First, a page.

The monstrous tragedy at Lac-Megantic provides great sorrow for the present and, hopefully, lessons for the future.
All through the early coverage, day after day, the words filled the written pages and online screens. Are the fires out yet? How many dead?
Routinely, without elaboration, the stories noted the engineer was the sole crew of this parade of black, round cylinders. When he left to sleep, no one was there. No brakeman. No backup engineer. Not even a security guard.
Finally, on July 14 (“For rail company, rebirth may yield to ruin“), almost as an afterthought in lengthy coverage, railroad litigation expert Richard Beall is quoted: “There used to be five-person crews. If you whittle that down to two people or one person, what’s going to happen?” We now know the answer to that question.
So when is “cost-cutting” criminal? It’s forever the “little guy” to blame — the engineer or the fire crew this time. When is cost-cutting “negligence”?
Maybe the so-called “liberal” media should stop and examine their point of view. No more free passes for the suits and ties in the corporate boardrooms.
Who went to jail for the Deepwater Horizon disaster? Who went to jail for the Big Branch Mine murders? And who wrote about that aspect of American jurisprudence?
Let’s see what happens in Canada. The media obligation is to report it all in detail.
Cutler’s economic platform must move into this century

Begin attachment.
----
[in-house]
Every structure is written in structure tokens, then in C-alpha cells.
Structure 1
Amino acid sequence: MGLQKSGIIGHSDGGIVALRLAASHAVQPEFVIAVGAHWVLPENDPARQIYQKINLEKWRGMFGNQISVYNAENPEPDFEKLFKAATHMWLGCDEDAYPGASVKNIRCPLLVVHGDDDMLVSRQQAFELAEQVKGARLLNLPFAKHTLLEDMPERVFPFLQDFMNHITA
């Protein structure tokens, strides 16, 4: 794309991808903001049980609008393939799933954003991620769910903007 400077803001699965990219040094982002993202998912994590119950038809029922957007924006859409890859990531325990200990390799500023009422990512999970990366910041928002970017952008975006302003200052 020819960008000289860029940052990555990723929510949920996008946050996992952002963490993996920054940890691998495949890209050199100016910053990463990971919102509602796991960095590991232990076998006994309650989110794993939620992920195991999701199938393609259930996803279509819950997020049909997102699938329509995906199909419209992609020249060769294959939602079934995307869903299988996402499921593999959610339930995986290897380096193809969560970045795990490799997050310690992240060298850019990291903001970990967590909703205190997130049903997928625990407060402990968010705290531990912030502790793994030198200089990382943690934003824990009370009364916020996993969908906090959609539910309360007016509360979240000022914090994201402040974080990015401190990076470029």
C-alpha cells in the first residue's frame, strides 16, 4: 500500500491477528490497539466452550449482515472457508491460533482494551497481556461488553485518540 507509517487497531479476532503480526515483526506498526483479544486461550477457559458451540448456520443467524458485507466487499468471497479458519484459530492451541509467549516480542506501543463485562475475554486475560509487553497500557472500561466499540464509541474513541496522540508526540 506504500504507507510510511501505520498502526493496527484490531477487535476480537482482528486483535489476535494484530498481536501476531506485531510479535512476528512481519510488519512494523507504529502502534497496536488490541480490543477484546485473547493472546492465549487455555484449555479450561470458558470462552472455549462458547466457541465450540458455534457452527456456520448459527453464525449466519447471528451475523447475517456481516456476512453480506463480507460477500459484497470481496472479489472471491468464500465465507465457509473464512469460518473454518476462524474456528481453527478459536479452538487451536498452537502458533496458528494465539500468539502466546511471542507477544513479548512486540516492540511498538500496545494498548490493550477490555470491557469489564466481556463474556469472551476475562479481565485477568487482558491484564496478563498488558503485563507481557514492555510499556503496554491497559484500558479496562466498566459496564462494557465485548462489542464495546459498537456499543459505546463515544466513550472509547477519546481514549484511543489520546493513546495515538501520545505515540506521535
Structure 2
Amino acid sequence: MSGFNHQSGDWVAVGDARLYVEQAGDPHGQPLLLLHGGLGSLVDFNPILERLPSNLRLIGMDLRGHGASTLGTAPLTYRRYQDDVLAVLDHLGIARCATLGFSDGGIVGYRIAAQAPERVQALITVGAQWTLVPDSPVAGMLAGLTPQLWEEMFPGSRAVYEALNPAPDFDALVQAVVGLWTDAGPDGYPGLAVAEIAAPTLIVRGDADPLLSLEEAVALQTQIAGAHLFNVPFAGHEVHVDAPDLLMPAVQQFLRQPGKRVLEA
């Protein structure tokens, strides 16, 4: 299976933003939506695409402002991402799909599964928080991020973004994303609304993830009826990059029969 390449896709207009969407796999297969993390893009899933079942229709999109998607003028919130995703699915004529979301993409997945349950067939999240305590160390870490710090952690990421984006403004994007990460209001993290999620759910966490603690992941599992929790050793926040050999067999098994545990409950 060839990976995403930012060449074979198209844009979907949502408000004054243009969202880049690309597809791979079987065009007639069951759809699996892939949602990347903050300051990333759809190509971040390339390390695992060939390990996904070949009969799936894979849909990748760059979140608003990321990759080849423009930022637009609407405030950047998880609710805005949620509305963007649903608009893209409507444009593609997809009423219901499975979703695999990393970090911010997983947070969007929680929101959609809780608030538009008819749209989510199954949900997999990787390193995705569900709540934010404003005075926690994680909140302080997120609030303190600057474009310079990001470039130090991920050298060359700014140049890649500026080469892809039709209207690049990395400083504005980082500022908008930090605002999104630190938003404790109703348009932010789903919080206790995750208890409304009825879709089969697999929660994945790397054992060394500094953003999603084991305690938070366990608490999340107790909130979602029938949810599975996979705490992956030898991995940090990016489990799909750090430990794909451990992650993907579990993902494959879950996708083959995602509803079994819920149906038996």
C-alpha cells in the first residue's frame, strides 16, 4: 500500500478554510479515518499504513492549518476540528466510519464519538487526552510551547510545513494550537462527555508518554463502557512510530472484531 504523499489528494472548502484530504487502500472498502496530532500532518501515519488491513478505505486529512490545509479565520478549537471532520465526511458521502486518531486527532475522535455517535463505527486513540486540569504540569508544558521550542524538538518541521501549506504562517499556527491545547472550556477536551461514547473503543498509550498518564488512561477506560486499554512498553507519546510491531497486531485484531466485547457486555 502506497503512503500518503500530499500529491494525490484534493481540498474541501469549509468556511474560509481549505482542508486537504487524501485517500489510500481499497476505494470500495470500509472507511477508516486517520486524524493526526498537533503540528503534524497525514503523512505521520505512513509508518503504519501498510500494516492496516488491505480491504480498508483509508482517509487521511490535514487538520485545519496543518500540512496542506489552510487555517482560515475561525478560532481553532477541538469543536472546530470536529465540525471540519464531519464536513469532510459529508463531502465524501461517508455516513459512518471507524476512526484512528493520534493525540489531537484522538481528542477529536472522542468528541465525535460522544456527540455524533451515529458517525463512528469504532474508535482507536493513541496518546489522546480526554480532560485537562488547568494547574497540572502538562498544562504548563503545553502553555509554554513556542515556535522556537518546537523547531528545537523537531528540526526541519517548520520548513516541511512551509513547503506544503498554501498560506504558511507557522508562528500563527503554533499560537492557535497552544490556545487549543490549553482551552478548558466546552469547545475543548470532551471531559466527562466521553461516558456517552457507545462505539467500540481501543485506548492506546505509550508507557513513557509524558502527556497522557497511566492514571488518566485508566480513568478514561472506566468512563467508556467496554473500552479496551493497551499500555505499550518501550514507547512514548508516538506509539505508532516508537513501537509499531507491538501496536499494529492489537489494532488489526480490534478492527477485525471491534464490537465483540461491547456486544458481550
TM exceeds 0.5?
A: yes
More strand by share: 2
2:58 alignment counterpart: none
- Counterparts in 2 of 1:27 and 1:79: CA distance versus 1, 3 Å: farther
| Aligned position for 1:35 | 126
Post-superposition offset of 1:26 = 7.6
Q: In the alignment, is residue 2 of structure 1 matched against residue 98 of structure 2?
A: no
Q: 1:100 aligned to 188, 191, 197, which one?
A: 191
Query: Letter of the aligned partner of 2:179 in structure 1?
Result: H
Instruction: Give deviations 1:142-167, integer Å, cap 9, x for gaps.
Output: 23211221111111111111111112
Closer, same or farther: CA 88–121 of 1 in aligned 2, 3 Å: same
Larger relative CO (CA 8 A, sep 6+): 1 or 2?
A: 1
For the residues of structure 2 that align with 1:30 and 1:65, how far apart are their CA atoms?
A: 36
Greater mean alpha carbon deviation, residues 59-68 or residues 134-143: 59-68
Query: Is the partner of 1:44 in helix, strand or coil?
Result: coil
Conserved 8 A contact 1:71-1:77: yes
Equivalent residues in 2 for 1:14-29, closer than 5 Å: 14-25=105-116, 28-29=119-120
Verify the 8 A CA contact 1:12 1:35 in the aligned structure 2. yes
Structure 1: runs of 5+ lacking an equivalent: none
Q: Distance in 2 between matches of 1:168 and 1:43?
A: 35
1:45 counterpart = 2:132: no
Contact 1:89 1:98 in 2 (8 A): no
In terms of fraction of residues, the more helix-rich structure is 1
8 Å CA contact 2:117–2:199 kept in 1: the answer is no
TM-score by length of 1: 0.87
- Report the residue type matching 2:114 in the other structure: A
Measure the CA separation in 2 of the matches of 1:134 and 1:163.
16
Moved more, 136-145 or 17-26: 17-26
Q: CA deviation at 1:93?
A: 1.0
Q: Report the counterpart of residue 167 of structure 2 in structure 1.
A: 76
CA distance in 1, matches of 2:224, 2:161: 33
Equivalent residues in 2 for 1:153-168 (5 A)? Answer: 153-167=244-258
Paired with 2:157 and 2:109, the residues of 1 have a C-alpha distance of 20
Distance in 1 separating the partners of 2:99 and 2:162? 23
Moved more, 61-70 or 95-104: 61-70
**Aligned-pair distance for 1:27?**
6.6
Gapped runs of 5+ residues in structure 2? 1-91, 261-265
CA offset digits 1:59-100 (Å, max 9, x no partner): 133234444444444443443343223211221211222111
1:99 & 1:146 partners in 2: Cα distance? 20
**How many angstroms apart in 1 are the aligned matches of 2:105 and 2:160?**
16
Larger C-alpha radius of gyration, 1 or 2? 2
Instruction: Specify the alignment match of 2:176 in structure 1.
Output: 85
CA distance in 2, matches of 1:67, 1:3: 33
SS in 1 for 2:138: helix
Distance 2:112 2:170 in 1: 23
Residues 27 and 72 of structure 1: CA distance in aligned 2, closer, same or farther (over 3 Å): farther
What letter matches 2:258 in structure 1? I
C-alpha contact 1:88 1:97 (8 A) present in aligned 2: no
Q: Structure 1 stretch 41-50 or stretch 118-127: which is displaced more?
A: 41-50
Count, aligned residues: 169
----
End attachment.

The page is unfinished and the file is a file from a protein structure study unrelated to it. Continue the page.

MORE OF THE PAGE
As Eliot Cutler prepares to enter the gubernatorial race, Mainers should examine his proposals on the economy. Cutler would have Maine build on its natural resources, specifically tourism, lobstering and paper production.
But reliance on natural resources is the mark of a colonial economy, which historically has always been trumped by an industrial economy, and nowadays is far inferior to a “knowledge” economy. Cutler’s experience in China should have told him that.
Take lobstering. The current abundance of lobster (unexplained) can vanish overnight. Paper production is already on the decline, with several mills recently closed. Tourism is vital for Maine’s economy but shows no signs of dramatic increase.
What should be done? Maine needs to move into a modern-day knowledge economy. It already has a foothold in biological research in Jackson and Bigelow labs. We should build on this.
Maine should attempt to attract high-tech jobs. This means providing support at the university level, including advanced research initiatives, industry collaborations and encouragement of startups.
High school graduates should be encouraged to enter colleges and major in technical areas. This requires strengthening the public school system (which Cutler does advocate).
Also, as anyone visiting Silicon Valley can see, much of the energy in high-tech comes from new immigrants. They should be made to feel welcome in Maine and enticed by Maine’s natural beauty and quality of life.
Maine needs to aspire to a lead role in the 21st-century economy, not a subservient one supplying natural resources to dynamic but resource-poor nations in Asia.